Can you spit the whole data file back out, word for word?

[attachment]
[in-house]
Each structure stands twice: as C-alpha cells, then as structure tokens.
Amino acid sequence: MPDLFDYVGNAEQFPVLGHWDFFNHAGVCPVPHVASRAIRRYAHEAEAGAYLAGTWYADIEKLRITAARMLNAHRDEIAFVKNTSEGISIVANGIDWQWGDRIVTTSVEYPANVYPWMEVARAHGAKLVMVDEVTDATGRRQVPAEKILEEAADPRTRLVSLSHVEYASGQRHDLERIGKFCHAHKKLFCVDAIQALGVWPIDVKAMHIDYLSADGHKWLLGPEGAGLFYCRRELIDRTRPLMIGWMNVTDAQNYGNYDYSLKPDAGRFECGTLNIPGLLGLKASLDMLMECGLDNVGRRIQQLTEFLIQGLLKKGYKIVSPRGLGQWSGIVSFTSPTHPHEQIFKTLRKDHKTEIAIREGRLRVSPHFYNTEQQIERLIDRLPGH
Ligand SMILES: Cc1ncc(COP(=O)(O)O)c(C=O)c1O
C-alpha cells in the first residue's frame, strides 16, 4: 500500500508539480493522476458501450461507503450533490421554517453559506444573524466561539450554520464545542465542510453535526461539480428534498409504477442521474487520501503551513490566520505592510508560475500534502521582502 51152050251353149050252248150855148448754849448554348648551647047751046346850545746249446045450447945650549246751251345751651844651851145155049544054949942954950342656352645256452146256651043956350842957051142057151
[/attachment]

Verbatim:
[in-house]
Each structure stands twice: as C-alpha cells, then as structure tokens.
Amino acid sequence: MPDLFDYVGNAEQFPVLGHWDFFNHAGVCPVPHVASRAIRRYAHEAEAGAYLAGTWYADIEKLRITAARMLNAHRDEIAFVKNTSEGISIVANGIDWQWGDRIVTTSVEYPANVYPWMEVARAHGAKLVMVDEVTDATGRRQVPAEKILEEAADPRTRLVSLSHVEYASGQRHDLERIGKFCHAHKKLFCVDAIQALGVWPIDVKAMHIDYLSADGHKWLLGPEGAGLFYCRRELIDRTRPLMIGWMNVTDAQNYGNYDYSLKPDAGRFECGTLNIPGLLGLKASLDMLMECGLDNVGRRIQQLTEFLIQGLLKKGYKIVSPRGLGQWSGIVSFTSPTHPHEQIFKTLRKDHKTEIAIREGRLRVSPHFYNTEQQIERLIDRLPGH
Ligand SMILES: Cc1ncc(COP(=O)(O)O)c(C=O)c1O
C-alpha cells in the first residue's frame, strides 16, 4: 500500500508539480493522476458501450461507503450533490421554517453559506444573524466561539450554520464545542465542510453535526461539480428534498409504477442521474487520501503551513490566520505592510508560475500534502521582502 51152050251353149050252248150855148448754849448554348648551647047751046346850545746249446045450447945650549246751251345751651844651851145155049544054949942954950342656352645256452146256651043956350842957051142057151